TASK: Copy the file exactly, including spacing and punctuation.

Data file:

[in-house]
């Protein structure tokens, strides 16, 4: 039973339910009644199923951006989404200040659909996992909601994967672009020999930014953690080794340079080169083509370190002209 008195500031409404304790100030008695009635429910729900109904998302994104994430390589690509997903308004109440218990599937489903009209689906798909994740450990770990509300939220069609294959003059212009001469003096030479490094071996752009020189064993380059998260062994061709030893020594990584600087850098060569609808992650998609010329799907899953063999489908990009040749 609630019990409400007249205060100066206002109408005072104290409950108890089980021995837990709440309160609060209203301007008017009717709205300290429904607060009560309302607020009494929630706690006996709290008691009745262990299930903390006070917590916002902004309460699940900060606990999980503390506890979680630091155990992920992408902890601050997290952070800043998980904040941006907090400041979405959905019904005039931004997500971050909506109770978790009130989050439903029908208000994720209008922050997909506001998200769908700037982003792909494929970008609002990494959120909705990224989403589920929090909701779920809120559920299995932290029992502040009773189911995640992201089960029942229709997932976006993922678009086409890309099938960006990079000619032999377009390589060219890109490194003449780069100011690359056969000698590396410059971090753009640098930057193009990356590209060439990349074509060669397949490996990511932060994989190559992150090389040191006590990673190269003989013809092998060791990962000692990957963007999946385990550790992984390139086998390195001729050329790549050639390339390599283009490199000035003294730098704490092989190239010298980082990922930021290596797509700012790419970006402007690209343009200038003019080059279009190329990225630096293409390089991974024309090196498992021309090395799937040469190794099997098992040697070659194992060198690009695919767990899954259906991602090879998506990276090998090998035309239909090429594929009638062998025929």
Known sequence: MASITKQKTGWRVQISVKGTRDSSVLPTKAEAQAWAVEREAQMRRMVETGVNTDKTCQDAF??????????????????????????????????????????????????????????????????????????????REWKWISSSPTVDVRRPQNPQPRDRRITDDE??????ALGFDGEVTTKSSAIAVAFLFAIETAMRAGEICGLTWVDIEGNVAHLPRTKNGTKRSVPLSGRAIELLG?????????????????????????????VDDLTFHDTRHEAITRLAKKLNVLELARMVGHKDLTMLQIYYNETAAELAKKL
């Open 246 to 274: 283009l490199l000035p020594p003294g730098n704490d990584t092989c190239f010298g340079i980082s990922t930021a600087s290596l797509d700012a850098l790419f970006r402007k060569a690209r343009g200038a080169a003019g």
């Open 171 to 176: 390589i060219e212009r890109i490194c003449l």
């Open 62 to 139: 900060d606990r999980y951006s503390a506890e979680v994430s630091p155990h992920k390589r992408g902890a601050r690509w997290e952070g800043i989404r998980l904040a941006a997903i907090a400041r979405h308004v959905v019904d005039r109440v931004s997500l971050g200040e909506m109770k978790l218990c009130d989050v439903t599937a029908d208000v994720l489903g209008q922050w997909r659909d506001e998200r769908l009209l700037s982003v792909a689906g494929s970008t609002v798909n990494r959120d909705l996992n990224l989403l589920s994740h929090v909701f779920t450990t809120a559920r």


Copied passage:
[in-house]
């Protein structure tokens, strides 16, 4: 039973339910009644199923951006989404200040659909996992909601994967672009020999930014953690080794340079080169083509370190002209 008195500031409404304790100030008695009635429910729900109904998302994104994430390589690509997903308004109440218990599937489903009209689906798909994740450990770990509300939220069609294959003059212009001469003096030479490094071996752009020189064993380059998260062994061709030893020594990584600087850098060569609808992650998609010329799907899953063999489908990009040749 609630019990409400007249205060100066206002109408005072104290409950108890089980021995837990709440309160609060209203301007008017009717709205300290429904607060009560309302607020009494929630706690006996709290008691009745262990299930903390006070917590916002902004309460699940900060606990999980503390506890979680630091155990992920992408902890601050997290952070800043998980904040941006907090400041979405959905019904005039931004997500971050909506109770978790009130989050439903029908208000994720209008922050997909506001998200769908700037982003792909494929970008609002990494959120909705990224989403589920929090909701779920809120559920299995932290029992502040009773189911995640992201089960029942229709997932976006993922678009086409890309099938960006990079000619032999377009390589060219890109490194003449780069100011690359056969000698590396410059971090753009640098930057193009990356590209060439990349074509060669397949490996990511932060994989190559992150090389040191006590990673190269003989013809092998060791990962000692990957963007999946385990550790992984390139086998390195001729050329790549050639390339390599283009490199000035003294730098704490092989190239010298980082990922930021290596797509700012790419970006402007690209343009200038003019080059279009190329990225630096293409390089991974024309090196498992021309090395799937040469190794099997098992040697070659194992060198690009695919767990899954259906991602090879998506990276090998090998035309239909090429594929009638062998025929």
Known sequence: MASITKQKTGWRVQISVKGTRDSSVLPTKAEAQAWAVEREAQMRRMVETGVNTDKTCQDAF??????????????????????????????????????????????????????????????????????????????REWKWISSSPTVDVRRPQNPQPRDRRITDDE??????ALGFDGEVTTKSSAIAVAFLFAIETAMRAGEICGLTWVDIEGNVAHLPRTKNGTKRSVPLSGRAIELLG?????????????????????????????VDDLTFHDTRHEAITRLAKKLNVLELARMVGHKDLTMLQIYYNETAAELAKKL
């Open 246 to 274: 283009l490199l000035p020594p003294g730098n704490d990584t092989c190239f010298g340079i980082s990922t930021a600087s290596l797509d700012a850098l790419f970006r402007k060569a690209r343009g200038a080169a003019g």
């Open 171 to 176: 390589i060219e212009r890109i490194c003449l």
């Open 62 to 139: 900060d606990r999980y951006s503390a506890e979680v994430s630091p155990h992920k390589r992408g902890a601050r690509w997290e952070g800043i989404r998980l904040a941006a997903i907090a400041r979405h308004v959905v019904d005039r109440v931004s997500l971050g200040e909506m109770k978790l218990c009130d989050v439903t599937a029908d208000v994720l489903g209008q922050w997909r659909d506001e998200r769908l009209l700037s982003v792909a689906g494929s970008t609002v798909n990494r959120d909705l996992n990224l989403l589920s994740h929090v909701f779920t450990t809120a559920r």